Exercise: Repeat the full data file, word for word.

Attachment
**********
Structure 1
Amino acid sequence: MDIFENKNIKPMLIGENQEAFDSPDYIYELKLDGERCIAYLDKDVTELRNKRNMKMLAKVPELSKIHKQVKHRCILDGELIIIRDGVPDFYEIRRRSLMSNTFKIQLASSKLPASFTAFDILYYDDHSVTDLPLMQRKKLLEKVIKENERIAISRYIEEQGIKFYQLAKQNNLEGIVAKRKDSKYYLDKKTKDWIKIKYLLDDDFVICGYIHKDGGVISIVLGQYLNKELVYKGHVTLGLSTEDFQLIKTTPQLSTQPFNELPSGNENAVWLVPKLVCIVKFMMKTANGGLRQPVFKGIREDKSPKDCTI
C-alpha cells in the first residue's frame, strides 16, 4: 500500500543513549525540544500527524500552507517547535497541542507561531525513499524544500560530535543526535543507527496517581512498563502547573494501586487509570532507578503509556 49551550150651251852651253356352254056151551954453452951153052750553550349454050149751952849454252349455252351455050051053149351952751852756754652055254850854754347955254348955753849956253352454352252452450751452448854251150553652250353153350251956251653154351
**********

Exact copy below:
Structure 1
Amino acid sequence: MDIFENKNIKPMLIGENQEAFDSPDYIYELKLDGERCIAYLDKDVTELRNKRNMKMLAKVPELSKIHKQVKHRCILDGELIIIRDGVPDFYEIRRRSLMSNTFKIQLASSKLPASFTAFDILYYDDHSVTDLPLMQRKKLLEKVIKENERIAISRYIEEQGIKFYQLAKQNNLEGIVAKRKDSKYYLDKKTKDWIKIKYLLDDDFVICGYIHKDGGVISIVLGQYLNKELVYKGHVTLGLSTEDFQLIKTTPQLSTQPFNELPSGNENAVWLVPKLVCIVKFMMKTANGGLRQPVFKGIREDKSPKDCTI
C-alpha cells in the first residue's frame, strides 16, 4: 500500500543513549525540544500527524500552507517547535497541542507561531525513499524544500560530535543526535543507527496517581512498563502547573494501586487509570532507578503509556 49551550150651251852651253356352254056151551954453452951153052750553550349454050149751952849454252349455252351455050051053149351952751852756754652055254850854754347955254348955753849956253352454352252452450751452448854251150553652250353153350251956251653154351